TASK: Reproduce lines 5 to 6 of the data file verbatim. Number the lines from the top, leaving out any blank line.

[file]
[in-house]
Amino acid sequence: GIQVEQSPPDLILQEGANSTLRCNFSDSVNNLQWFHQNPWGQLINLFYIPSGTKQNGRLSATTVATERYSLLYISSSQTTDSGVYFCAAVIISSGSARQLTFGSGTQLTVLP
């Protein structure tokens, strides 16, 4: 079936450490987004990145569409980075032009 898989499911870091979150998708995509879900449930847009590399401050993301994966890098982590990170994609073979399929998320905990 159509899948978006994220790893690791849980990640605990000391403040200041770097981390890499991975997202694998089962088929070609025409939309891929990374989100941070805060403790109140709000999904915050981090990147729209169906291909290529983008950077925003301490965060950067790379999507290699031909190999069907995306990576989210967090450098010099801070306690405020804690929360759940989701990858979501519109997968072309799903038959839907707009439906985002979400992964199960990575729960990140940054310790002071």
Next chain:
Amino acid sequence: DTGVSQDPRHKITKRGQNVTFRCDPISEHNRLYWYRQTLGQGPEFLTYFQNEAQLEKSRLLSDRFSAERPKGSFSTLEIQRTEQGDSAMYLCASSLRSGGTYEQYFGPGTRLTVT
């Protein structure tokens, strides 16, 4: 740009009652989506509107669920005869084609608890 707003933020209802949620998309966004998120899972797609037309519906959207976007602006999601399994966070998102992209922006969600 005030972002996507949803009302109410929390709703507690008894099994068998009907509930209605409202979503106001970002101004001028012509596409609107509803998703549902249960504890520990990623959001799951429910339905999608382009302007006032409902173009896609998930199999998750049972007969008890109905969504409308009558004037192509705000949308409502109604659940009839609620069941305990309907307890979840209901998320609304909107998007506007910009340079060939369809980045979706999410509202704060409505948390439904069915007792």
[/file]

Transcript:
Amino acid sequence: DTGVSQDPRHKITKRGQNVTFRCDPISEHNRLYWYRQTLGQGPEFLTYFQNEAQLEKSRLLSDRFSAERPKGSFSTLEIQRTEQGDSAMYLCASSLRSGGTYEQYFGPGTRLTVT
């Protein structure tokens, strides 16, 4: 740009009652989506509107669920005869084609608890 707003933020209802949620998309966004998120899972797609037309519906959207976007602006999601399994966070998102992209922006969600 005030972002996507949803009302109410929390709703507690008894099994068998009907509930209605409202979503106001970002101004001028012509596409609107509803998703549902249960504890520990990623959001799951429910339905999608382009302007006032409902173009896609998930199999998750049972007969008890109905969504409308009558004037192509705000949308409502109604659940009839609620069941305990309907307890979840209901998320609304909107998007506007910009340079060939369809980045979706999410509202704060409505948390439904069915007792």